Delighted to announce that U.N. Under-Secretary-General Zainab Bangura (left), the Special Representative to the Secretary-General on Sexual Violence in Armed Conflict, will deliver the 4th annual Katherine B. Fite Lecture at the International Humanitarian Law Dialogs, to be held August 24-26, 2014, at the Chautauqua Institution in upstate New York. This will be the 8th year that international prosecutors and other experts gather at Chautauqua’s lovely lakeside Athenaeum Hotel to take stock of developments in international criminal law.
And it’s the 4th that IntLawGrrls blog has had the honor of selecting the person who will deliver the lecture in honor of Fite, the State Department lawyer who helped Chief U.S. Prosecutor Robert H. Jackson with the drafting of the London Charter and other duties in preparation for the 1st postwar trial at Nuremberg. (My own 2011 Fite Lecture, which describes Fite’s career, is here.) Bangura promises to be a memorable speaker, given her tireless work as the SRSG since 2012, and her prior service in the government of Sierra Leone. (photo credit) Introducing her will be IntLawGrrl Beth Van Schaack (right), Stanford Visiting Professor of Law and former Deputy, Office of Global Criminal Justice, U.S. Department of State.
Bangura’s lecture is just one of many special events planned for this year’s Dialogs. Other highlights:
► Reflections by current and former international prosecutors. Scheduled to take part are International Criminal Court Prosecutor Fatou Bensouda (left; photo credit) and Deputy Prosecutor James Stewart; Serge Brammertz, Prosecutor of the International Criminal Tribunal for the former Yugoslavia; from the Extraordinary Chambers in the Courts of Cambodia, Nicholas Koumijian and Andrew T. Cayley; from the Special Court for Sierra Leone, David Crane (organizer of the Dialogs, Syracuse Law Professor, and chairman of the Board of the Robert H. Jackson Center), Stephen Rapp (since 2009 the Ambassador-at-Large and head of the Office of Global Justice, U.S. Department of State), Brenda J. Hollis, and Desmond de Silva; and Hassan Jallow, Prosecutor of the Mechanism for International Criminal Tribunals for Rwanda and the former Yugoslavia and formerly Prosecutor of the ICTR. IntLawGrrl Jennifer Trahan (left), Associate Clinical Professor of Global Affairs at New York University, will moderate.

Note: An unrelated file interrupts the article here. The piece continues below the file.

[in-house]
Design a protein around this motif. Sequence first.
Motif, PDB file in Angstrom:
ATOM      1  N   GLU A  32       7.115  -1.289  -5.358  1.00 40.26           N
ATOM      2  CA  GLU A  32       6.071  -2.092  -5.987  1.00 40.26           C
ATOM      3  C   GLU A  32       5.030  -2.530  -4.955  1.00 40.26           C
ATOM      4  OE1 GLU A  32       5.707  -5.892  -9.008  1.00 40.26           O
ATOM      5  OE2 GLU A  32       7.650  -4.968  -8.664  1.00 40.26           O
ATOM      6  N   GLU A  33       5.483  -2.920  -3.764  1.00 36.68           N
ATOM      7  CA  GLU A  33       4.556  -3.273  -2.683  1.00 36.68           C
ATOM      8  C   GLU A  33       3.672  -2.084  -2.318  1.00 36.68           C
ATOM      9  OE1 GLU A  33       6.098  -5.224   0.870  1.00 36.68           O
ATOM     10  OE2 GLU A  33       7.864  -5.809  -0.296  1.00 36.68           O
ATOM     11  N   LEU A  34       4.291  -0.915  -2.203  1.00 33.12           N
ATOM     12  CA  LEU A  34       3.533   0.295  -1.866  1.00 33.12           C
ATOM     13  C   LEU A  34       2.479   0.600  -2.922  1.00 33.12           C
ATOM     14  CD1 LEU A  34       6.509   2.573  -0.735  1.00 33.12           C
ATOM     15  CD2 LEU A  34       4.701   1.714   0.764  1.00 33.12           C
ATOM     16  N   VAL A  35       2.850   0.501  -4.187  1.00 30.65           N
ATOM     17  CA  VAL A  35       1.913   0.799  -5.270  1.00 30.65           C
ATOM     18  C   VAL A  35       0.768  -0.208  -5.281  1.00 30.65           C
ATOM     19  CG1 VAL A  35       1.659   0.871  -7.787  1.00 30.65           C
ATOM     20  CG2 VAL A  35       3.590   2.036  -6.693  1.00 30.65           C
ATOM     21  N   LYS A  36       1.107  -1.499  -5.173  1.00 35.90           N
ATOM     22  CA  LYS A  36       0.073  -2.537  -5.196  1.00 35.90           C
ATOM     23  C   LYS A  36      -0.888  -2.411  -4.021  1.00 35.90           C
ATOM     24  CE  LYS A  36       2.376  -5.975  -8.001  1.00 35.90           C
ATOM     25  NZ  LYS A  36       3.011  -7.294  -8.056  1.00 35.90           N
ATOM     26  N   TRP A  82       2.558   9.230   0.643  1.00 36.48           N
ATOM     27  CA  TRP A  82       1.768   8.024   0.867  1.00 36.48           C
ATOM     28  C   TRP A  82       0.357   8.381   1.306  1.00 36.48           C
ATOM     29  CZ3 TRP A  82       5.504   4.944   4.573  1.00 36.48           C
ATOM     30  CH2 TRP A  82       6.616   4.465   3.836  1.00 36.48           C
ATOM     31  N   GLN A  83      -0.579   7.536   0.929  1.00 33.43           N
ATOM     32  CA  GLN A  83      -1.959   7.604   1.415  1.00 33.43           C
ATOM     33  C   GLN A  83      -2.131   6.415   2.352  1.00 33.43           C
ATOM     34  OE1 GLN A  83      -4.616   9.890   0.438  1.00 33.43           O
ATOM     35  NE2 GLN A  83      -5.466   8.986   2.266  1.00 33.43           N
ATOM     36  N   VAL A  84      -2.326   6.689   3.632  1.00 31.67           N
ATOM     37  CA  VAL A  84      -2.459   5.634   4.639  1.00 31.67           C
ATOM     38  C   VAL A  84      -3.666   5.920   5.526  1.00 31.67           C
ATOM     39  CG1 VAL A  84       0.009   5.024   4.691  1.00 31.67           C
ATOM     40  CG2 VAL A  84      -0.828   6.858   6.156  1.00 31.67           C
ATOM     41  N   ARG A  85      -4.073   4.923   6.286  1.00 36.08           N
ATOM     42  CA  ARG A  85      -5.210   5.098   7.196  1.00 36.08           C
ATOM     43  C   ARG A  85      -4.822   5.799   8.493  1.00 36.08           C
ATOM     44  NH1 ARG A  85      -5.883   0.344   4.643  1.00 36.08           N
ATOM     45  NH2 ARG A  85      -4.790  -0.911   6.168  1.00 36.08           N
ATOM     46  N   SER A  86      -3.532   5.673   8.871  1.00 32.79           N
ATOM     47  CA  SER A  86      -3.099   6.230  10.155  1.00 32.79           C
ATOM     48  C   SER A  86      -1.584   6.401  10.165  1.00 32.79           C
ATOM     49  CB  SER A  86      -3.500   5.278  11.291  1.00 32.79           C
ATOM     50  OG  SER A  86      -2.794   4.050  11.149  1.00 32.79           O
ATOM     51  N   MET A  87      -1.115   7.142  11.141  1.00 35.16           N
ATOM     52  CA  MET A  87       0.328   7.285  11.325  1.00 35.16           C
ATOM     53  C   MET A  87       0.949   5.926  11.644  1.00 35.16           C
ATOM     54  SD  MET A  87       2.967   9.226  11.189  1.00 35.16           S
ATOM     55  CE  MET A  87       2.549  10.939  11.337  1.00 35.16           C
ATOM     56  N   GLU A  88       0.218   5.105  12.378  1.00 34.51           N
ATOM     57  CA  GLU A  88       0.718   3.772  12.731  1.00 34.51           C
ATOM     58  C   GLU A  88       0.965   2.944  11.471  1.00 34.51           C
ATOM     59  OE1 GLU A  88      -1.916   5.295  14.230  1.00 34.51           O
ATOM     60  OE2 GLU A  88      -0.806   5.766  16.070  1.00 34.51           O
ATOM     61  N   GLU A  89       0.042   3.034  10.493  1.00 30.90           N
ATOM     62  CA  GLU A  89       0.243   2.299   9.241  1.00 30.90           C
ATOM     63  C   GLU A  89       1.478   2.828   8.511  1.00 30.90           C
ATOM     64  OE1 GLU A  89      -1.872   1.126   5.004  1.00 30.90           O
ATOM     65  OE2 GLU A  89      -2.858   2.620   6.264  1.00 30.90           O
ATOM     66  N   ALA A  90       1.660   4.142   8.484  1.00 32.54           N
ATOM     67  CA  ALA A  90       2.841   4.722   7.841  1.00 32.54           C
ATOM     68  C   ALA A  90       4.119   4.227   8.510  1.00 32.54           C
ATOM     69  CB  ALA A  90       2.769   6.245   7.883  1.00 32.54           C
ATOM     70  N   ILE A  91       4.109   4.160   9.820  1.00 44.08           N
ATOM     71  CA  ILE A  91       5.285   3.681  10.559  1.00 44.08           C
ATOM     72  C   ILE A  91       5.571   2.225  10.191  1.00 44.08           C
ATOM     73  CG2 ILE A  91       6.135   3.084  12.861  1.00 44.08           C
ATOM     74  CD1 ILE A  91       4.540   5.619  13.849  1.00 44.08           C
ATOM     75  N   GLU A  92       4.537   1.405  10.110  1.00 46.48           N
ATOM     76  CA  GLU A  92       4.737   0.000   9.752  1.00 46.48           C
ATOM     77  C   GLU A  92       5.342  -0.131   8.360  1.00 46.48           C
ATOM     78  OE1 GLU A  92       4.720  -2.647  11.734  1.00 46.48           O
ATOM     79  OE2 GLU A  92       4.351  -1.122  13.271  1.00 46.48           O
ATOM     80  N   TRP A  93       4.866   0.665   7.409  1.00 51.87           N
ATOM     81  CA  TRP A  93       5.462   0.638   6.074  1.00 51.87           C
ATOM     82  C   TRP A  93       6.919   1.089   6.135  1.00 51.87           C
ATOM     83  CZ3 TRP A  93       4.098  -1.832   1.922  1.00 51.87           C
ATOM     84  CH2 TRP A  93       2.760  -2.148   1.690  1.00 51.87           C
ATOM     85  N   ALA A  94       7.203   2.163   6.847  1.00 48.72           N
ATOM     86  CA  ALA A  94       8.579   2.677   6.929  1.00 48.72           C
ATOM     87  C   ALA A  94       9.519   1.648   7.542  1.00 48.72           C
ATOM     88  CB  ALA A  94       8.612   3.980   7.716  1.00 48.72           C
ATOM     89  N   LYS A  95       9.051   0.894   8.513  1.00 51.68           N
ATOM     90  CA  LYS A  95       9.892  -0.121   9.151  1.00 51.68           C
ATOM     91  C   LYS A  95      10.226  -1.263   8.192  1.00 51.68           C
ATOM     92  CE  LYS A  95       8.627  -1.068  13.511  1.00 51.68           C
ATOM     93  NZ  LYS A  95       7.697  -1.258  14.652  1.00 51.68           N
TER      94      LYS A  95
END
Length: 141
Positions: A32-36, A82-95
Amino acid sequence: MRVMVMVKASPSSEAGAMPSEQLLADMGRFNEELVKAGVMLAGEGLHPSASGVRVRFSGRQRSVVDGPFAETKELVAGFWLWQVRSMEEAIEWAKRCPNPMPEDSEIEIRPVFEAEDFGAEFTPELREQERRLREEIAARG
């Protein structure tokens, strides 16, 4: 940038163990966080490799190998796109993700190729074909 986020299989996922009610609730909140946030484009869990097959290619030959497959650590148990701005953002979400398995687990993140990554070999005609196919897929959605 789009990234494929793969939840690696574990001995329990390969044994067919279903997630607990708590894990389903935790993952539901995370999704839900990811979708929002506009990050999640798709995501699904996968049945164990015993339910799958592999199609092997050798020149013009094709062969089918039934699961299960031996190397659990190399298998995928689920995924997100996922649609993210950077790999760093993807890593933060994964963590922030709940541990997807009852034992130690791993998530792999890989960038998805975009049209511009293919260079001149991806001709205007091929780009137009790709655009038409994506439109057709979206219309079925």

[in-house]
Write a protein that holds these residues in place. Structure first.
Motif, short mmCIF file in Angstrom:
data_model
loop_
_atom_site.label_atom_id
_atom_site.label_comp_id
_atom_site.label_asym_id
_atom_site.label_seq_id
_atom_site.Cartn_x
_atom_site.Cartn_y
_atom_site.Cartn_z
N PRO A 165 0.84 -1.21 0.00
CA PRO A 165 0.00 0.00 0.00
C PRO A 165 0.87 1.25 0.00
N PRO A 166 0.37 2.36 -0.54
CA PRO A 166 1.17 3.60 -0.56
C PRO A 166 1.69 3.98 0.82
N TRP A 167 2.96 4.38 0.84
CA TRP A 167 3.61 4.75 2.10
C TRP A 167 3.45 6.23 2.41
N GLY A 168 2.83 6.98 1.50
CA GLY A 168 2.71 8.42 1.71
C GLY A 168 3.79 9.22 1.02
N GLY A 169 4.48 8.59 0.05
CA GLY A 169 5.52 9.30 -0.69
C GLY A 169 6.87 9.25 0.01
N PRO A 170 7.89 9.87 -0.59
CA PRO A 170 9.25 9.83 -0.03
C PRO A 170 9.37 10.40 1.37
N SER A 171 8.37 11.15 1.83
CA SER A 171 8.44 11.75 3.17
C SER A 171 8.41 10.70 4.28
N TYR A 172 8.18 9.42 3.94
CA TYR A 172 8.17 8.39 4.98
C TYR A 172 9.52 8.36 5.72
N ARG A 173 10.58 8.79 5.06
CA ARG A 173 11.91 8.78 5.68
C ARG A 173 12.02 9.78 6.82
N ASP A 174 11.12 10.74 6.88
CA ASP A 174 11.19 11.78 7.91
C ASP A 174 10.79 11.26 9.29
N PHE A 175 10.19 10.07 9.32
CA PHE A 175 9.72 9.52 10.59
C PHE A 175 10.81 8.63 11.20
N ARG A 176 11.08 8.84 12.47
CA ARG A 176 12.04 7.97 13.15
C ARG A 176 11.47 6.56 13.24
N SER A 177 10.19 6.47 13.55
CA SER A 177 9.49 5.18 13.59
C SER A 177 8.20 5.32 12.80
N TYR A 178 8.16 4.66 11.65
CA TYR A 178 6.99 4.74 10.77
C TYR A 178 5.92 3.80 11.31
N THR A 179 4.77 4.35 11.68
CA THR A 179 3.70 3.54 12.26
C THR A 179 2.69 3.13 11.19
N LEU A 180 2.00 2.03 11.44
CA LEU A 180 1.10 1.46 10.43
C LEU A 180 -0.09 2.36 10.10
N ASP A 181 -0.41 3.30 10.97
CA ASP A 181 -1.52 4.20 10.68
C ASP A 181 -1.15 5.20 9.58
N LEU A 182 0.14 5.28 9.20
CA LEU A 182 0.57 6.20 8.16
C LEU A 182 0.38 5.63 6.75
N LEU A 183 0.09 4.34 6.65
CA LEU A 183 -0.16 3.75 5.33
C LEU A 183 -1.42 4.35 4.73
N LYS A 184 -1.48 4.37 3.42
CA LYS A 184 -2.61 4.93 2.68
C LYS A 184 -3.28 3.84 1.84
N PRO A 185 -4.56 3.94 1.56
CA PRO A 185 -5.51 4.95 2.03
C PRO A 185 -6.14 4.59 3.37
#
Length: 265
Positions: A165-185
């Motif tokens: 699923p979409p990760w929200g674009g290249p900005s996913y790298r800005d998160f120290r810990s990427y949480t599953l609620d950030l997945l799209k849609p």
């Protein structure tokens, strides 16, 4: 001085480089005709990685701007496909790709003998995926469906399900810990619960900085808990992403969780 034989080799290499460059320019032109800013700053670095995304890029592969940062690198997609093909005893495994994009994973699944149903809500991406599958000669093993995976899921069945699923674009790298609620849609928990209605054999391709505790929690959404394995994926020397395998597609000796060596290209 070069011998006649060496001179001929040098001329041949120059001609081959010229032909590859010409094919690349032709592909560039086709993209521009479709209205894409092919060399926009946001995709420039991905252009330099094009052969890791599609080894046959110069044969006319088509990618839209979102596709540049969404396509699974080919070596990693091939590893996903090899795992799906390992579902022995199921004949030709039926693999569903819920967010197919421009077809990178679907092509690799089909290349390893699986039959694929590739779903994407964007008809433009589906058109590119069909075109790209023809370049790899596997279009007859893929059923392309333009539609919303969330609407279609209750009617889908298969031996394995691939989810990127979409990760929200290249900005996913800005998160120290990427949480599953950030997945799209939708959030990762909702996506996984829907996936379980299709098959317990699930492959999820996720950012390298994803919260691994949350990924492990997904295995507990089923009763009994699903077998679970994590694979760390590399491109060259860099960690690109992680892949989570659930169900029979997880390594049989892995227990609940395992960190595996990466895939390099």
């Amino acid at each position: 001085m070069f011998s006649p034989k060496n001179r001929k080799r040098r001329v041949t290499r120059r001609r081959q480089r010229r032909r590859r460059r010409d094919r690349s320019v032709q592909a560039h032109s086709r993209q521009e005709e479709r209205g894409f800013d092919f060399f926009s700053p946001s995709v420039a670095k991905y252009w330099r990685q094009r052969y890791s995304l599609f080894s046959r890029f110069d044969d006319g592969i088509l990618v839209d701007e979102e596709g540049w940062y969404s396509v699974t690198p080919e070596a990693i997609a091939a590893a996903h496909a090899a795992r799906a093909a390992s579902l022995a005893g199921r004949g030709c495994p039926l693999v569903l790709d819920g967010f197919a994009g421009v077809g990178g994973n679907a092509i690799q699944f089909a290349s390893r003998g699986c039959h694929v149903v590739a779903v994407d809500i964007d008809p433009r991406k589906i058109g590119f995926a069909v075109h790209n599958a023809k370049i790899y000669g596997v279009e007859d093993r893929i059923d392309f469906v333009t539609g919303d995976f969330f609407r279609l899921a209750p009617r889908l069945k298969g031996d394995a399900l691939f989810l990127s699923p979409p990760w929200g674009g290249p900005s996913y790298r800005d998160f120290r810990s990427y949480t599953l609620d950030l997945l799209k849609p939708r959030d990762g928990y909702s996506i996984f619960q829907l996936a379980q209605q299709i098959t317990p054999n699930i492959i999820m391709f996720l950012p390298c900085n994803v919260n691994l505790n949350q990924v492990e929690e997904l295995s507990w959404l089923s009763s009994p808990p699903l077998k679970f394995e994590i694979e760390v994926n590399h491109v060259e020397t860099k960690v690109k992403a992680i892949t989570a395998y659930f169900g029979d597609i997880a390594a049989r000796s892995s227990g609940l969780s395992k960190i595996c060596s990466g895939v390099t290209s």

► Keynote address by Ambassador Tiina Intelmann (right), President of the ICC Assembly of States Parties.
►Clara Barton Lecture by Harvard Anthropology Professor Kimberly Theidon (left).
►Roundtable on “Relevance of International Humanitarian Law” featuring IntLawGrrl Leila Nadya Sadat (right), Professor at Washington University-St. Louis, along with former U.N. Legal Counsel Hans Corell, Professor William A. Schabas, and former U.S. Ambassador David Scheffer, now a Northwestern Law Professor.
►Breakout porch sessions, including one on “Islamic Extremism” featuring Sadat, Scheffer, and Prince Zeid Ra’ad Zeid Al-Hussein (right; photo credit), who soon will take up the post of U.N. High Commissioner for Human Rights.
► Year in review by IntLawGrrl Valerie Oosterveld (left), Western Ontario Law Professor.
More information is at the website of the Robert H. Jackson Center, a primary sponsor, here.
The Association of American Law Schools Section on International Law welcomes papers on the “The Influence of International Law on U.S. Government Decision-Making,” the topic of the panel it will sponsor from 10:30 a.m. -12:15 p.m. Sunday, January 4, 2015, at the AALS Annual Meeting in Washington, D.C. Organizers write:
This panel will explore the role that international law plays in informing the policy outcomes arrived at by U.S. government decision-makers. To what extent is international law determinative or even influential, and to what extent does the policy area, the branch of government, or the ideological orientation of the decision-maker matter? As a more practical matter, at what stage in the decision-making process is international law taken into account and who are the most influential actors? How can academics be most influential in that process?
A number of current or former U.S. government officials are already schedule to present on the panel; one additional presenter will be chosen from the call for papers, open to full-time faculty members of AALS member law schools.
Deadline for submission of manuscripts or detailed abstracts is September 2, 2014. For details, contact the Section Chair, Southern Illinois University Law Professor Cindy Galway Buys, an IntLawGrrls contributor, at cbuys [at] siu [dot] edu.